Paul J. McLoughlin: College’s youngest administrator

Assistant Dean Paul J. McLoughlin II might be the College’s youngest administrator—by 18 years—but he’s already begun to make his mark.

In October, McLoughlin was appointed assistant dean of the College in a surprising move, assuming many of the responsibilities formerly held by Coordinator of Student Activities Susan T. Cooke.

Leaders of organizations such as the Black Students Association and the Harvard-Radcliffe Orchestra originally expressed concern and confusion over the appointment of a new dean. But McLoughlin used his numerous interactions with students to erase any negative feelings they might have harbored.

McLoughlin, 29, has, along with Associate Dean of the College Judith H. Kidd, helped to reshape the relationship between student groups and University Hall by engaging more actively in the planning and coordination of events both on and off campus.

In October, he began behind-the-scenes negotiations to allow student groups to hold off-campus events in clubs and private venues, securing written contracts from owners. Last year, the College temporarily banned club parties following nightclub tragedies in Chicago and Rhode Island, and an injury at a club event over Harvard-Yale weekend.

One month after taking office, McLoughlin was asked to be a member of the safety committee which instituted the Harvard University Campus Escort Program (HUCEP) in response to growing concern over pedestrian safety following a rash of on-campus assaults. The program, which will continue in the fall, has been applauded by students and has been more effective than its defunct predecessor SafetyWalk.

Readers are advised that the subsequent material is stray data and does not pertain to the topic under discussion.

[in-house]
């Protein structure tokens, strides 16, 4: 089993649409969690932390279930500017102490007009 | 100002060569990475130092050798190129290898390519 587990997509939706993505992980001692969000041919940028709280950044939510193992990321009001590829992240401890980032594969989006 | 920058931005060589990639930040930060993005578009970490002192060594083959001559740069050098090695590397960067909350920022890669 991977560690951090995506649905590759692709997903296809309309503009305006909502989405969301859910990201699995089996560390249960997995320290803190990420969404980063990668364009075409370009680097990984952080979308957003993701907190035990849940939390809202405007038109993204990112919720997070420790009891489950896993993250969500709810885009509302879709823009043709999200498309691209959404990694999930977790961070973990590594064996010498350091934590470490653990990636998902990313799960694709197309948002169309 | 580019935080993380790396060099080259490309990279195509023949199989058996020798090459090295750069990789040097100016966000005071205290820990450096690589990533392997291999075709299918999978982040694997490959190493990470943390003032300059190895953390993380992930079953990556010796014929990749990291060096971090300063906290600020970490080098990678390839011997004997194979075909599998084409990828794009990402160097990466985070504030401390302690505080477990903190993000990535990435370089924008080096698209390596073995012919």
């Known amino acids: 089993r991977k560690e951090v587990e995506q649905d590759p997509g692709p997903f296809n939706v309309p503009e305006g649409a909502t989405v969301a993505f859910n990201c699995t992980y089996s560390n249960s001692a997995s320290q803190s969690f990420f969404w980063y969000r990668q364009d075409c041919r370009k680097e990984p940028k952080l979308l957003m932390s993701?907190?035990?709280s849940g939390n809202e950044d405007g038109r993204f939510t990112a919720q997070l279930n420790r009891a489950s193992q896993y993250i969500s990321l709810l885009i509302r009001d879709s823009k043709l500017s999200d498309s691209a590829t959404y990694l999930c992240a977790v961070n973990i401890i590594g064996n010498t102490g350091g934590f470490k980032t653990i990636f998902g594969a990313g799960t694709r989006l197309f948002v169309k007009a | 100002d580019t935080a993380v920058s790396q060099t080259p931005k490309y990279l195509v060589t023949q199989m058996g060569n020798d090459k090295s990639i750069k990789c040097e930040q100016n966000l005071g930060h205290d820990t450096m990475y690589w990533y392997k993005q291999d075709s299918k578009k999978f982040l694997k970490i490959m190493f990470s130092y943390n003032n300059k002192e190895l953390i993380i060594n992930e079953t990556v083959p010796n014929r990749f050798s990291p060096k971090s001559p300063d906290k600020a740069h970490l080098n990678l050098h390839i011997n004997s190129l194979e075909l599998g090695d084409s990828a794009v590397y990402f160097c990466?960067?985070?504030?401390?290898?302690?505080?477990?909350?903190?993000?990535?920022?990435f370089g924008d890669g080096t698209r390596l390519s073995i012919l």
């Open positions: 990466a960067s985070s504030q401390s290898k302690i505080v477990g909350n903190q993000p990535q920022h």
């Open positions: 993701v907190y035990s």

While conducting research for HUCEP, McLoughlin said he did something that Harvard administrators are sometimes slow to do—look to other comparable universities for solutions to common problems.

“HUCEP is one of the things I’m most proud of from this year,” McLoughlin said.

He and Dean of the College Benedict H. Gross ’71 were also instrumental in running the 24-hour shuttle trial to determine if there was significant demand for the service, which students had been requesting for years. After two months of the trial, McLoughlin and Gross decided to cut out hours from 4 to 7 a.m when few were riding the shuttle.

McLoughlin also represented University Hall on the QRAC-Hilles Space committee, formed to make suggestions on how students wish to use the Quad Recreational Athletic Center (QRAC) and Hilles Library in preparation for upcoming renovations. McLoughlin led several focus groups with students and organization leaders in order to drum up ideas for uses of the space the committee could consider.

McLoughlin, a first-year proctor in Pennypacker Hall, and his partner were the 82nd same-sex couple to file for marriage in Cambridge.

The summer will provide no respite for McLoughlin. On May 21, McLoughlin and Kidd spent a day off-site rewriting the Handbook for Student Organizations. This fall, McLoughlin will sit on a committee of administrators, students and faculty which will reevaluate Harvard’s extracurricular policies.

Not all student groups have enjoyed the increased meticulousness that McLoughlin has brought to University Hall. Members and trustees of the Harvard Advocate said they were surprised and upset when McLoughlin and other administrators conducted an unexpected walk-through of their 21 South St. building and demanded thousands of dollars in repairs. The University found them in violation of Harvard policies by hosting parties in leased space.

Advocate trustees said they were surprised that McLoughlin has cut back on the unofficial autonomy exercised by the campus’ oldest publication.

“I was surprised that the University should question the ability of student groups to use the Advocate building for parties, because we’ve always done that,” Louis H. Begley ’54 said last month.

—Staff writer Joshua P. Rogers can be reached at